a. Set limits on bizarre behavior.
b. Protect client from inappropriate impulses.
c. Quickly establish a warm, close relationship.
d. Establish a trusting, nonthreatening relationship.

13. A client has just begun to discuss important feelings when the time of the interview is up. The next day, when the nurse meets with the client at the agreed-upon time, the initial intervention would be to say

a. Nothing and wait for the client to introduce a topic.
b. “What would you like to talk about today?”
c. “Good morning, how are you today?”
d. “Yesterday you were talking about some very important feelings. Let’s continue.”

14. A client with the diagnosis of paranoid personality disorder is admitted to the psychiatric unit. As the nurse approaches the client with medication, he refuses it, accusing the nurse of trying to kill him. The nurse’s best strategy would be to tell him that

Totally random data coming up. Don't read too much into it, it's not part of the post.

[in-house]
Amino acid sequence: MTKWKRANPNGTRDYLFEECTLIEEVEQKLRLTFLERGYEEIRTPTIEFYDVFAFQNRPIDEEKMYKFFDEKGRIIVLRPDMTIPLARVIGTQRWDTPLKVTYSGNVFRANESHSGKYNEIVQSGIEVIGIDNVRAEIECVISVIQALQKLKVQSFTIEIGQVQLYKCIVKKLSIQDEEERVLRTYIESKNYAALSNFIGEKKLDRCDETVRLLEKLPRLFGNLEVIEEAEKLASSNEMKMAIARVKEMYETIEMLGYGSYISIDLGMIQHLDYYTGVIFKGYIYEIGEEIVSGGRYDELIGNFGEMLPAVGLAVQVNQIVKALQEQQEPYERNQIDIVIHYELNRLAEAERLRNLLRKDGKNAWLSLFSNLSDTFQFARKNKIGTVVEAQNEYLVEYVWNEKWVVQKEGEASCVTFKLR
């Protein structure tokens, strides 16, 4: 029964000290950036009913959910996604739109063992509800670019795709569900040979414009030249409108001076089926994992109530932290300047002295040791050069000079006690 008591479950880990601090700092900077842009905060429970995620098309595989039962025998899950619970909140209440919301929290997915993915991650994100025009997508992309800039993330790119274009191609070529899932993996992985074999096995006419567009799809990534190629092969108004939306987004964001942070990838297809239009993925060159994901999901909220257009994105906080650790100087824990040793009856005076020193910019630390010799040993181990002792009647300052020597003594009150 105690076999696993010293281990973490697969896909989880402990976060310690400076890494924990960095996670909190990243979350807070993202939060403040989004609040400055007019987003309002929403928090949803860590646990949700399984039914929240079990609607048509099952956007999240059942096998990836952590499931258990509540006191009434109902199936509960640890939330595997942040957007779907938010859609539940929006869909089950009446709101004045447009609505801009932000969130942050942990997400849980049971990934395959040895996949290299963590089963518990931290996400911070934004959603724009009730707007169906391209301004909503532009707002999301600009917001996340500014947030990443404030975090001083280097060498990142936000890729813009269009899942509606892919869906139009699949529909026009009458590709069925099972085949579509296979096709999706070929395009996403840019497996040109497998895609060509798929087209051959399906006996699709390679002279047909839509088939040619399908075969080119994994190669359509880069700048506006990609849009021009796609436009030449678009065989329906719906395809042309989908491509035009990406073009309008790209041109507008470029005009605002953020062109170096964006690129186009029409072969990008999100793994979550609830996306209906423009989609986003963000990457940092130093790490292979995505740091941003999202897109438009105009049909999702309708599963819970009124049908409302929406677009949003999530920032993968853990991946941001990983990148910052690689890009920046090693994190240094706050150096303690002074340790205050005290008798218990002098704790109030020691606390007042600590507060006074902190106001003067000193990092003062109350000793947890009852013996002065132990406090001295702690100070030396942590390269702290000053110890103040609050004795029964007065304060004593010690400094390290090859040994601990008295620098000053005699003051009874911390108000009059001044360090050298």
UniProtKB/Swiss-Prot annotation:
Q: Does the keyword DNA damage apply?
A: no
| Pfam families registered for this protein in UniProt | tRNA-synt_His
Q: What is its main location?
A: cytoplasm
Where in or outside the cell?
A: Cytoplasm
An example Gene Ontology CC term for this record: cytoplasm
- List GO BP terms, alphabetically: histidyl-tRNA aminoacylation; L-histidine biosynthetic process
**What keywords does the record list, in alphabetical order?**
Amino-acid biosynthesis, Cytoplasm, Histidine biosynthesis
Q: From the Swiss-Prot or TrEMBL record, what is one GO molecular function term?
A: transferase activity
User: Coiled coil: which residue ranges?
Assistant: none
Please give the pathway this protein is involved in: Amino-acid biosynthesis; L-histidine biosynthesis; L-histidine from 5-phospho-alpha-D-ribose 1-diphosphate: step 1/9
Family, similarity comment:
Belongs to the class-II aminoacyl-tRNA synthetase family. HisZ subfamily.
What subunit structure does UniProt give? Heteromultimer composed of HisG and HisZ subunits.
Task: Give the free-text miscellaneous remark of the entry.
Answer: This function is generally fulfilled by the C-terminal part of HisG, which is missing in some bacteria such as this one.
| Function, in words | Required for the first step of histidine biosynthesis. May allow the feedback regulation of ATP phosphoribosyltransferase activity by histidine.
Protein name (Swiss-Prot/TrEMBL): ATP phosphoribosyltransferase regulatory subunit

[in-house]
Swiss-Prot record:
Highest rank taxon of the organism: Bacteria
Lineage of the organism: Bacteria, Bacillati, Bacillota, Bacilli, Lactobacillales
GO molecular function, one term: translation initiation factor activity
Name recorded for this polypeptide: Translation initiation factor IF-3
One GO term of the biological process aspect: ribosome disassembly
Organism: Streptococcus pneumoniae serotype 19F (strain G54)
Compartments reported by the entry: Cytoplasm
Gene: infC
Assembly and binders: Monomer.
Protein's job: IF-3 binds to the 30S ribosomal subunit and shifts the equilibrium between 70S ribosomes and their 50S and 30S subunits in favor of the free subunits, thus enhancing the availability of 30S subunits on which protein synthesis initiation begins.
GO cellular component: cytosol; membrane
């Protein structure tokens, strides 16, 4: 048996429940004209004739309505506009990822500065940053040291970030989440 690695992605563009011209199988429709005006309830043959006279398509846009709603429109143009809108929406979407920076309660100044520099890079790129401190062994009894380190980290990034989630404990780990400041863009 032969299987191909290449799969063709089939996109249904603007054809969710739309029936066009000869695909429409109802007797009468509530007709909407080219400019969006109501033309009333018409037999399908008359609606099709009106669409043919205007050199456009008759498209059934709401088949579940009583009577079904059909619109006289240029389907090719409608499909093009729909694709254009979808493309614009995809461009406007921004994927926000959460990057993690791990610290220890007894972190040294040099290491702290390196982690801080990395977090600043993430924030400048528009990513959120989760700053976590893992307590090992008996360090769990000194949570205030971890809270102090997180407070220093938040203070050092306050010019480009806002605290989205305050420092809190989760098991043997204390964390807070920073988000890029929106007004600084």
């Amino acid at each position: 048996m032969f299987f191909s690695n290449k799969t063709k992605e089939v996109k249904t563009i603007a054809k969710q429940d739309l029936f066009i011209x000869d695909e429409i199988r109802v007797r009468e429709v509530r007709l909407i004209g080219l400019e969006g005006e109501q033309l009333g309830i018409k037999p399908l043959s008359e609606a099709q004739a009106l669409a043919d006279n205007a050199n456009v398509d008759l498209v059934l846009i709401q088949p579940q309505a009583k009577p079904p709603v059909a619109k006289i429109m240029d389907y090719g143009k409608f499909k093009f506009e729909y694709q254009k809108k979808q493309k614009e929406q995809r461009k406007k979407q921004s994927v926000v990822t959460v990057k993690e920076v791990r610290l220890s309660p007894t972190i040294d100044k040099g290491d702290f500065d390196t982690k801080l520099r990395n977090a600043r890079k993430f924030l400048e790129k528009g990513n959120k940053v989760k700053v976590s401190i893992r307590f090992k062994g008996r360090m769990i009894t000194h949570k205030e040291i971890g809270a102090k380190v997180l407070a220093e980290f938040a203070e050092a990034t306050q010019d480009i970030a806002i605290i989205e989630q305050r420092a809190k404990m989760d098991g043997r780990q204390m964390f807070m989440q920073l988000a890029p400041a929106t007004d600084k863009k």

a. “I will give you an injection if necessary.”
b. “You may decide if you want to take the medication by mouth or injection, but you must take it.”
c. “It is not poison and you must take the medication.”
d. “It’s all right if you don’t take the medication right now.”

15. A male client on the psychiatric unit becomes upset and breaks a chair when a visitor does not show up. The first nursing intervention should be to

a. Set limits and restrict the client’s behavior.
b. Ask direct questions about the client’s behavior.
c. Stay with the client during the stressful time.
d. Plan with the client for how he can better handle frustration.